Our teachers need to be constant learners. All reformers need to place themselves under discipline to God. Their own lives need to be reformed, their own hearts subdued by the grace of Christ. Every worldly habit and idea that is not in harmony with the mind of God should be renounced. RH November 7, 1907, par. 6

When Nicodemus, a learned teacher in Israel, came to Jesus to inquire of him, Christ laid before him the first principles. Nicodemus, though holding an honorable position in Israel, had not a true conception of what a teacher in Israel should be. He needed instruction in the very first principles of the divine life, for he had not learned the alphabet of true Christian experience. RH November 7, 1907, par. 7

In response to Christ's instruction Nicodemus said, “How can these things be?” Christ answered, “Art thou a master in Israel, and knowest not these things?” The same question might be asked of many who are holding responsible positions as teachers, physicians, and ministers of the gospel, but who have neglected the most essential part of their education, that which would fit them to deal in a Christlike manner with human minds. RH November 7, 1907, par. 8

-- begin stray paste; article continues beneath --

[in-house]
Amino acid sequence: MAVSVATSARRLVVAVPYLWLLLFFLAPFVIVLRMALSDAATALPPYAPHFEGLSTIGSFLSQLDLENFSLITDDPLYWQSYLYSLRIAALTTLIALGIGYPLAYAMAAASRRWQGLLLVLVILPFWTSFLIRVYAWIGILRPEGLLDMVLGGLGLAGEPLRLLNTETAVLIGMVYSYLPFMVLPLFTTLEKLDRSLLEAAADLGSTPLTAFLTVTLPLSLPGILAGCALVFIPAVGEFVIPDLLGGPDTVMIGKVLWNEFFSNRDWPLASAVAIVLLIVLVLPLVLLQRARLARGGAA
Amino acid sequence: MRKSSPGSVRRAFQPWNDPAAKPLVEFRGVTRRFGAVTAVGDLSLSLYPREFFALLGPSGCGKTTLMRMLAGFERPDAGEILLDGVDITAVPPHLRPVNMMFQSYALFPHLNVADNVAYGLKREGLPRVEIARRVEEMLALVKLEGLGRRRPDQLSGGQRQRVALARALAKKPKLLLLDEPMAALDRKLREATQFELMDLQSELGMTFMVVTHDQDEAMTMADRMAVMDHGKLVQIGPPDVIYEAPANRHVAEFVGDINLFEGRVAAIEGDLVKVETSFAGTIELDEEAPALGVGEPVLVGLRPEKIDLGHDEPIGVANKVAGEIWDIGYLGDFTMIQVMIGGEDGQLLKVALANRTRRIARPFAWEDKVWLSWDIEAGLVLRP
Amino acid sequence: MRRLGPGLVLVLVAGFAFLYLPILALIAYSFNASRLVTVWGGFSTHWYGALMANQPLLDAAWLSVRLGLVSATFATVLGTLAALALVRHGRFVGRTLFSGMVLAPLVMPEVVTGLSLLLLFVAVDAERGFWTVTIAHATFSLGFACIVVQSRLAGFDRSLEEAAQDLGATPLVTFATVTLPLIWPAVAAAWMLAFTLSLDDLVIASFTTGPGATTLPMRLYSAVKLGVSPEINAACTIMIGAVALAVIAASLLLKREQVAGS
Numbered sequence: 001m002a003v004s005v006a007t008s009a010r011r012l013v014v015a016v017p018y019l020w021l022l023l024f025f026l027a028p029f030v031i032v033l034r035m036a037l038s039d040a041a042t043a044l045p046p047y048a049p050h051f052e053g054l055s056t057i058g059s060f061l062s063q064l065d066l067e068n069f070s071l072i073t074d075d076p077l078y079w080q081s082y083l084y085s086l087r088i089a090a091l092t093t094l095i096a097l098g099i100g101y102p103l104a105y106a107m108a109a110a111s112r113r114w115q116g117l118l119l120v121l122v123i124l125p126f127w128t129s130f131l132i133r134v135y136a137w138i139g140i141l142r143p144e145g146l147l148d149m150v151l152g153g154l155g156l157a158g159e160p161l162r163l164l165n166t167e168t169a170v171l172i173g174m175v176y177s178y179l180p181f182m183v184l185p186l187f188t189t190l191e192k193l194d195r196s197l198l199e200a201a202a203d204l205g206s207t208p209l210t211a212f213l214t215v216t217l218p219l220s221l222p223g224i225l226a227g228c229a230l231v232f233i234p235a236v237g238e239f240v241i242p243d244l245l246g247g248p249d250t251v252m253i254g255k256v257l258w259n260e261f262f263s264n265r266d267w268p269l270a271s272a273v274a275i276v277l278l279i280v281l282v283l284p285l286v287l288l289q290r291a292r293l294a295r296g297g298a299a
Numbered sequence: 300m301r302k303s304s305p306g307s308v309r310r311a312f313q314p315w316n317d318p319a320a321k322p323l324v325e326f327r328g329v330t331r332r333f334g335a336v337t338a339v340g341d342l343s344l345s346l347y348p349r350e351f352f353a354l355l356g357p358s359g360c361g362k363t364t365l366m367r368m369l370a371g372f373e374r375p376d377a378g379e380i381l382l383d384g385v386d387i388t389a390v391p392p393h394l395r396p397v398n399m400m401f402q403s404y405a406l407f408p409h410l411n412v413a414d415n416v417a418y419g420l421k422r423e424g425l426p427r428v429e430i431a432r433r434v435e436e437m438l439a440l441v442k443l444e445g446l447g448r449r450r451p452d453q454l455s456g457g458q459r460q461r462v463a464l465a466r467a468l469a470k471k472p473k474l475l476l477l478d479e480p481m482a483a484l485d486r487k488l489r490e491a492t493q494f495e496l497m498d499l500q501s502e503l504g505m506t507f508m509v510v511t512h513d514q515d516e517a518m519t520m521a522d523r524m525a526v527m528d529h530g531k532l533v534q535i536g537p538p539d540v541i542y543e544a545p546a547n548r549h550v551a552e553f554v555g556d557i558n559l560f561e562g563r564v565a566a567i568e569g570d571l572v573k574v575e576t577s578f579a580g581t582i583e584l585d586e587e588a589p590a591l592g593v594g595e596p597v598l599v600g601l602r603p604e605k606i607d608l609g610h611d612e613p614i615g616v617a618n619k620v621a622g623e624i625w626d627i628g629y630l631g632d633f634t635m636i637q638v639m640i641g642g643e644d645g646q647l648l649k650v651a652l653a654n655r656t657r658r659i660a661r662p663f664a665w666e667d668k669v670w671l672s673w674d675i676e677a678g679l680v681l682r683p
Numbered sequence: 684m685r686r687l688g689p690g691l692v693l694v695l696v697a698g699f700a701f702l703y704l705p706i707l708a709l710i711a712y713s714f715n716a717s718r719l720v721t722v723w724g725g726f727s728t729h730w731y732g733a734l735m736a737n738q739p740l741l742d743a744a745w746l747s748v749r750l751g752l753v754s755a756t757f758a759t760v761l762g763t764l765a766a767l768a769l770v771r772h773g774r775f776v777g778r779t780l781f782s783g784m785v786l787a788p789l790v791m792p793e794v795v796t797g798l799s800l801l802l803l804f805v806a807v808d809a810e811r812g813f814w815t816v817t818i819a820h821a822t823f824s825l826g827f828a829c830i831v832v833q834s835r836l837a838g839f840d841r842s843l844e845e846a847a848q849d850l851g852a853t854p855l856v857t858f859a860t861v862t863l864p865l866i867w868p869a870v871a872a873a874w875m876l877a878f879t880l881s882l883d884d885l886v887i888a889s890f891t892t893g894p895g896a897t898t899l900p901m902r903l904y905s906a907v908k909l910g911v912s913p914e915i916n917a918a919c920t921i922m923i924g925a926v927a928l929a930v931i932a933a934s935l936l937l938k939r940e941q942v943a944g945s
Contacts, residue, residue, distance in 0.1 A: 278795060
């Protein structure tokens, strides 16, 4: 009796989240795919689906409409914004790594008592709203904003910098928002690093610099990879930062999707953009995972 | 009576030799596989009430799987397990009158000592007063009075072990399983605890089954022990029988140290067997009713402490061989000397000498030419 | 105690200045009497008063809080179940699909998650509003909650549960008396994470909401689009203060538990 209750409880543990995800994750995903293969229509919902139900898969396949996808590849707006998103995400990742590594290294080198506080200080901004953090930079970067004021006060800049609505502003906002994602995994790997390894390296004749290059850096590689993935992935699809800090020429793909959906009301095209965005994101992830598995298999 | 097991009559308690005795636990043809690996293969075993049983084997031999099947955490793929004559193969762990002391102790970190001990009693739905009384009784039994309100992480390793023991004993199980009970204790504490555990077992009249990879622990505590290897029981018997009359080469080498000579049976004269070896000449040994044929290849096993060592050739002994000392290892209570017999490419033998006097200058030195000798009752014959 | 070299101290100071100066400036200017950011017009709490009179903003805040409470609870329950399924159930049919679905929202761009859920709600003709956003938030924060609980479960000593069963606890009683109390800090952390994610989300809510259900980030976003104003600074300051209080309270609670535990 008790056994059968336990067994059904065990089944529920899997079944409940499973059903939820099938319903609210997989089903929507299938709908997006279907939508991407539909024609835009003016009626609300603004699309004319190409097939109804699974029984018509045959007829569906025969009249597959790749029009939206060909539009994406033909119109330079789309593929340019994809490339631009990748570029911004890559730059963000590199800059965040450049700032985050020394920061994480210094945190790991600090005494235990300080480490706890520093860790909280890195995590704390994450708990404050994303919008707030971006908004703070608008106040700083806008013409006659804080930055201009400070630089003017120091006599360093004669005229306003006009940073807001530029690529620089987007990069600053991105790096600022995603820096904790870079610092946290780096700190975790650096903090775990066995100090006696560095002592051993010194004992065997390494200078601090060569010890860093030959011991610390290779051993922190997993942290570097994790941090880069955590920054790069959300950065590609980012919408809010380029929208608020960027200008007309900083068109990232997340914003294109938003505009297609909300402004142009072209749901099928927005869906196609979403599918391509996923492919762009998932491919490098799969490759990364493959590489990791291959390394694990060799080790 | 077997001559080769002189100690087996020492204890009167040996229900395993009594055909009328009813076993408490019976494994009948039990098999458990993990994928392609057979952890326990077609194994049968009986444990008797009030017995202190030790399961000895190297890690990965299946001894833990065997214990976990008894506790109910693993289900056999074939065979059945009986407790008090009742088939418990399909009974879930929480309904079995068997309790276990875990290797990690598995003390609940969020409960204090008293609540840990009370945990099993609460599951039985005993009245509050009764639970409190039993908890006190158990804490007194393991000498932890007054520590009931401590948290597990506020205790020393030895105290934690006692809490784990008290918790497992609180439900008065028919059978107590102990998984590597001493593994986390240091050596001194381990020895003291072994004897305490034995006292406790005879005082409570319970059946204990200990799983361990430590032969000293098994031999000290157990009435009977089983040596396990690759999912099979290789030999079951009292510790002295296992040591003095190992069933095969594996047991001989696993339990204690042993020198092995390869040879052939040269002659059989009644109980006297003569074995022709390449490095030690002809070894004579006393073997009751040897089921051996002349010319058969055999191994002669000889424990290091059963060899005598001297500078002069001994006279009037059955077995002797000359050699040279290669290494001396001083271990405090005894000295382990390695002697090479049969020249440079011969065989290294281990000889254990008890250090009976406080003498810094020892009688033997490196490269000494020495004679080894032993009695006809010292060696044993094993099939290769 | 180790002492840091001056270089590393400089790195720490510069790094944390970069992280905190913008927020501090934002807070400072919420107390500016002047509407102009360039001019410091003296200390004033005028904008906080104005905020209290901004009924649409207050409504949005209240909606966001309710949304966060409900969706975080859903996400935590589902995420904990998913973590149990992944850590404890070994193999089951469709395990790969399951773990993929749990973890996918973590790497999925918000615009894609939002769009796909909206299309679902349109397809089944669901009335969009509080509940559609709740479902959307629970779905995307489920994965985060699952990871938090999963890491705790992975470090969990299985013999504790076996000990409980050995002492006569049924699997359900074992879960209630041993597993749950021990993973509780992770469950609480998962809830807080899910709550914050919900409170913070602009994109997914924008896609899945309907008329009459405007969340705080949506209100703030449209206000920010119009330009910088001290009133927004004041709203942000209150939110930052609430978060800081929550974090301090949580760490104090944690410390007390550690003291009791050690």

In the instruction that Christ gave to his disciples, and to the people of all classes who came to hear his words, there was that which lifted them to a high plane of thought and action. If the words of Christ, instead of the words of men, were given to the learner today, we would see evidences of higher intelligence, a clearer comprehension of heavenly things, a deeper knowledge of God, a purer and more vigorous Christian life. RH November 7, 1907, par. 9